South Sudanese forces and rebels clashed in Upper Nile state yesterday, with both sides claiming control of the state capital Malakal today. The fighting was said to be the most significant violation of a ceasefire agreement, signed by government and rebel representatives in Ethiopia’s capital Addis Ababa, since that agreement came into force at the end of January.
The fighting comes as the delegations in Addis Ababa attempt to iron out the second phase of a peace process. This has been complicated by numerous factors, including legal proceedings against some members of the opposition movement, opposition leader Riek Machar’s announcement of open resistance to the government, and an intervention by Ugandan troops on behalf of the South Sudanese government.
The matter of Ugandan troops has been particularly troublesome for the peace process. The peace talks in Addis Ababa are sponsored by the Intergovernmental Authority on Development (IGAD), of which Uganda is a member. South Sudan is also Uganda’s primary export market. Other IGAD members, as well as international actors like the United States, have called on Ugandan forces to withdraw from the conflict. However, it is possible to suggest that the intervention may have been key in stabilizing the situation and pushing the rebel delegation to negotiate. Given the current status of the ceasefire agreement, that may be a moot point.
Whatever the case, Uganda’s Foreign Affairs Minister Sam Kuteesa announced yesterday that there would be a phased withdrawal of Ugandan forces, starting in April, ahead of the deployment of an African-led peacekeeping force to the country. However, the exact timeline for the deployment of that force, the African Capacity for Immediate Response to Crises (ACIRC), may be delayed. ACIRC is currently in its formative stages. When it is fully operational, ACIRC is to provide the African Union with a force capable of rapidly responding to crises across the continent.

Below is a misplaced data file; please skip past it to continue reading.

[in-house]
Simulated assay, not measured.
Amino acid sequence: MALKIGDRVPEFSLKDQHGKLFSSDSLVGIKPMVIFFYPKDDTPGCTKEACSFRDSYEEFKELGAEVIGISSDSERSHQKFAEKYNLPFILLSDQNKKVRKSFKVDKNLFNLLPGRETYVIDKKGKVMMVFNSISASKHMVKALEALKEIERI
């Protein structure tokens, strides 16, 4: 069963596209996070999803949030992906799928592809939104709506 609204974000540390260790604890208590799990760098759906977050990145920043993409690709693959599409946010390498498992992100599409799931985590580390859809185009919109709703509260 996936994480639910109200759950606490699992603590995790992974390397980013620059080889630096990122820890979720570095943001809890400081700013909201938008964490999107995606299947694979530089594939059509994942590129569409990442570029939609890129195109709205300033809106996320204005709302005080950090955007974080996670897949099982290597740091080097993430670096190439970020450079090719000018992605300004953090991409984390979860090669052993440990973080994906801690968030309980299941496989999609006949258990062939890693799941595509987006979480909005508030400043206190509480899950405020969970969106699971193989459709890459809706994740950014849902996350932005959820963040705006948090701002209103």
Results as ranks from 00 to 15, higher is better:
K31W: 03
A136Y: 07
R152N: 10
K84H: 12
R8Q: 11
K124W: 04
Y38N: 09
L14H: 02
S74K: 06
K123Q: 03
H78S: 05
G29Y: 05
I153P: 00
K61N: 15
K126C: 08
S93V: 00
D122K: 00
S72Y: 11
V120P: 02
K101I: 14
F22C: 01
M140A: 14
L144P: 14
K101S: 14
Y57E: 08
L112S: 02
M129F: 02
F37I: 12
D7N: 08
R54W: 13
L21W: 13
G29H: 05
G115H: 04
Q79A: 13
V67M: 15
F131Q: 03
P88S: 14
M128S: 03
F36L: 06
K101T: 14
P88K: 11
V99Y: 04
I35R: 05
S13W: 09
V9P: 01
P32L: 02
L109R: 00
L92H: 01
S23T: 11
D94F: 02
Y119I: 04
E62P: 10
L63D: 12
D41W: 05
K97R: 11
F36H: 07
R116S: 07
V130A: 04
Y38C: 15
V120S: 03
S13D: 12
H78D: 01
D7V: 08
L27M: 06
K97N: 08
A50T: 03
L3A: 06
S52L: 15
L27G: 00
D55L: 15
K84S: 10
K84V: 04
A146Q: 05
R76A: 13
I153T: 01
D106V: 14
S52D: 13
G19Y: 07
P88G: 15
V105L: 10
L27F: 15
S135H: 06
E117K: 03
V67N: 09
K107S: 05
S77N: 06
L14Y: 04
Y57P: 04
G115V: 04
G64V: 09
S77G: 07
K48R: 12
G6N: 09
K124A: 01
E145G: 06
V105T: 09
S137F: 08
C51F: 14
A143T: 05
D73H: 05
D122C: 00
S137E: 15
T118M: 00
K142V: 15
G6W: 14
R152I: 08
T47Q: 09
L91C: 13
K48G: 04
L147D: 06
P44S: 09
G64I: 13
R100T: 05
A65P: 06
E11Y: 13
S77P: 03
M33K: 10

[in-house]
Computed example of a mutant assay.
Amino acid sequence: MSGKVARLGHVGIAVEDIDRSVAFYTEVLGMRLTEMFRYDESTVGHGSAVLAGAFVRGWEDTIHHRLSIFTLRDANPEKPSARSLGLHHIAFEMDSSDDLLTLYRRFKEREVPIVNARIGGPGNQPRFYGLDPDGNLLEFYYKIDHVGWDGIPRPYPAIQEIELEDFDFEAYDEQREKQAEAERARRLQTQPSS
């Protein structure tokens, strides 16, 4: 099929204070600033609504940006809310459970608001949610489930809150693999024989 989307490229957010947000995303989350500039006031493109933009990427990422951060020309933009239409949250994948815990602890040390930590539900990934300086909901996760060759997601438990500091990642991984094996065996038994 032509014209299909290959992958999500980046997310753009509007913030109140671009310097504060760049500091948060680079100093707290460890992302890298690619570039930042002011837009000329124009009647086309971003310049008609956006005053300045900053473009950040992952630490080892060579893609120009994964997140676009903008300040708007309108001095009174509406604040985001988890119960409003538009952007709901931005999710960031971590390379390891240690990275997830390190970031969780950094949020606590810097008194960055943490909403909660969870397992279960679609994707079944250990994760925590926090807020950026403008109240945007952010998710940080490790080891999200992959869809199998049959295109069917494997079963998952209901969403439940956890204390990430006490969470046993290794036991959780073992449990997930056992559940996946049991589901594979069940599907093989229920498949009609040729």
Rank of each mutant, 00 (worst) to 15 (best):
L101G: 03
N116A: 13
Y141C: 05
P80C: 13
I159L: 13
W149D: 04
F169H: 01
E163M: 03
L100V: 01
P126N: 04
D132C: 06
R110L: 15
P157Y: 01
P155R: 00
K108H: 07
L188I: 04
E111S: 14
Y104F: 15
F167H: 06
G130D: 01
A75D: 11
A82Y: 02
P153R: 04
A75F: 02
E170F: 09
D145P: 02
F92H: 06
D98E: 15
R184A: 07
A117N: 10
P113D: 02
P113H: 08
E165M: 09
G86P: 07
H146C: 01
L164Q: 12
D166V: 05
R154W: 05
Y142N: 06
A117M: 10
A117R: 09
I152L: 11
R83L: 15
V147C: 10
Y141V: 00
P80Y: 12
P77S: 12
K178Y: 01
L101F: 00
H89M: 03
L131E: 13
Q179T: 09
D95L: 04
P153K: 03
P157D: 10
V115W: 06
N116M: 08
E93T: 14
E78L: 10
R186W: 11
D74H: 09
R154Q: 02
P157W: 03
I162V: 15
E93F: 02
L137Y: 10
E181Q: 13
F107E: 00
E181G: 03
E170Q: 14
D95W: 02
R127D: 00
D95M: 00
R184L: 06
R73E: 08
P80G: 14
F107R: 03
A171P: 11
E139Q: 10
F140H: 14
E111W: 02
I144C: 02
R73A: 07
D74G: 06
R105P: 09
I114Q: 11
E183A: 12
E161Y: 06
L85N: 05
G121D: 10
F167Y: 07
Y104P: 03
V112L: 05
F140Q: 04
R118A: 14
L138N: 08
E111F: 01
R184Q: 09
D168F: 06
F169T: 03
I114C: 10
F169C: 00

Perhaps more worrisome is that the fighting in Malakal, which took place near a facility operated by the United Nations Mission in the Republic of South Sudan (UNMISS), reportedly touched off a riot inside the facility between internally displaced persons of different ethnic groups. Since the conflict began last December, tens of thousands of those fleeing the violence have sought shelter in and around UNMISS facilities. These facilities have subsequently been the target of violence and suspicion.
The UN estimates that over seven hundred thousands individuals are displaced internally and that over one hundred and fifty thousand have fled to neighboring countries. A significant portion of the population is also in need of humanitarian assistance. The UN’s Crisis Response Plan is only 18.5 percent funded, however. The UN continues to appeal for greater international engagement.